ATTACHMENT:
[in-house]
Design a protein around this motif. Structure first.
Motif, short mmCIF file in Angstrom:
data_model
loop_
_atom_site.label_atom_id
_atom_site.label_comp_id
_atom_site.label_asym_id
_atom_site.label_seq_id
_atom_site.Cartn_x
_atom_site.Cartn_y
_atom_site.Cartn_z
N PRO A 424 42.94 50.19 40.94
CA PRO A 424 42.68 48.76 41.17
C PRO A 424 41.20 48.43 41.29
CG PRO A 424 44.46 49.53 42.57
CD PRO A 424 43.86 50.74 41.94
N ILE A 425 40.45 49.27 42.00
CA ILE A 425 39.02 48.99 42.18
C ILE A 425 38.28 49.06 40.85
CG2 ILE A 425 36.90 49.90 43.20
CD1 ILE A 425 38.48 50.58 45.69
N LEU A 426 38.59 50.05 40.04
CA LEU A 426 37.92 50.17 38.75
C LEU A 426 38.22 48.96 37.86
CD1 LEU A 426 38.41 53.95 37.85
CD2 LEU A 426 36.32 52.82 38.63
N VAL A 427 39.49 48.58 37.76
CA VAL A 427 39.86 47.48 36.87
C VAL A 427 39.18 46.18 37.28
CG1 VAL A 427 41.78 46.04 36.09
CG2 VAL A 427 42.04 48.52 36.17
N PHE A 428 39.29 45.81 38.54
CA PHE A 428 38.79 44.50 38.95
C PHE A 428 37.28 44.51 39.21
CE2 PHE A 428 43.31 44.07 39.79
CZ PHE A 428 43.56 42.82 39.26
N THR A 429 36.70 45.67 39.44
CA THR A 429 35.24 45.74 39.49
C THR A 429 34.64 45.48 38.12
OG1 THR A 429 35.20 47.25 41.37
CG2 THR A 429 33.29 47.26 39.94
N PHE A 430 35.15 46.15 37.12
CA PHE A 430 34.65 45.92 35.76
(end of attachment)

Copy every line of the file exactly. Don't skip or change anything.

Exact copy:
[in-house]
Design a protein around this motif. Structure first.
Motif, short mmCIF file in Angstrom:
data_model
loop_
_atom_site.label_atom_id
_atom_site.label_comp_id
_atom_site.label_asym_id
_atom_site.label_seq_id
_atom_site.Cartn_x
_atom_site.Cartn_y
_atom_site.Cartn_z
N PRO A 424 42.94 50.19 40.94
CA PRO A 424 42.68 48.76 41.17
C PRO A 424 41.20 48.43 41.29
CG PRO A 424 44.46 49.53 42.57
CD PRO A 424 43.86 50.74 41.94
N ILE A 425 40.45 49.27 42.00
CA ILE A 425 39.02 48.99 42.18
C ILE A 425 38.28 49.06 40.85
CG2 ILE A 425 36.90 49.90 43.20
CD1 ILE A 425 38.48 50.58 45.69
N LEU A 426 38.59 50.05 40.04
CA LEU A 426 37.92 50.17 38.75
C LEU A 426 38.22 48.96 37.86
CD1 LEU A 426 38.41 53.95 37.85
CD2 LEU A 426 36.32 52.82 38.63
N VAL A 427 39.49 48.58 37.76
CA VAL A 427 39.86 47.48 36.87
C VAL A 427 39.18 46.18 37.28
CG1 VAL A 427 41.78 46.04 36.09
CG2 VAL A 427 42.04 48.52 36.17
N PHE A 428 39.29 45.81 38.54
CA PHE A 428 38.79 44.50 38.95
C PHE A 428 37.28 44.51 39.21
CE2 PHE A 428 43.31 44.07 39.79
CZ PHE A 428 43.56 42.82 39.26
N THR A 429 36.70 45.67 39.44
CA THR A 429 35.24 45.74 39.49
C THR A 429 34.64 45.48 38.12
OG1 THR A 429 35.20 47.25 41.37
CG2 THR A 429 33.29 47.26 39.94
N PHE A 430 35.15 46.15 37.12
CA PHE A 430 34.65 45.92 35.76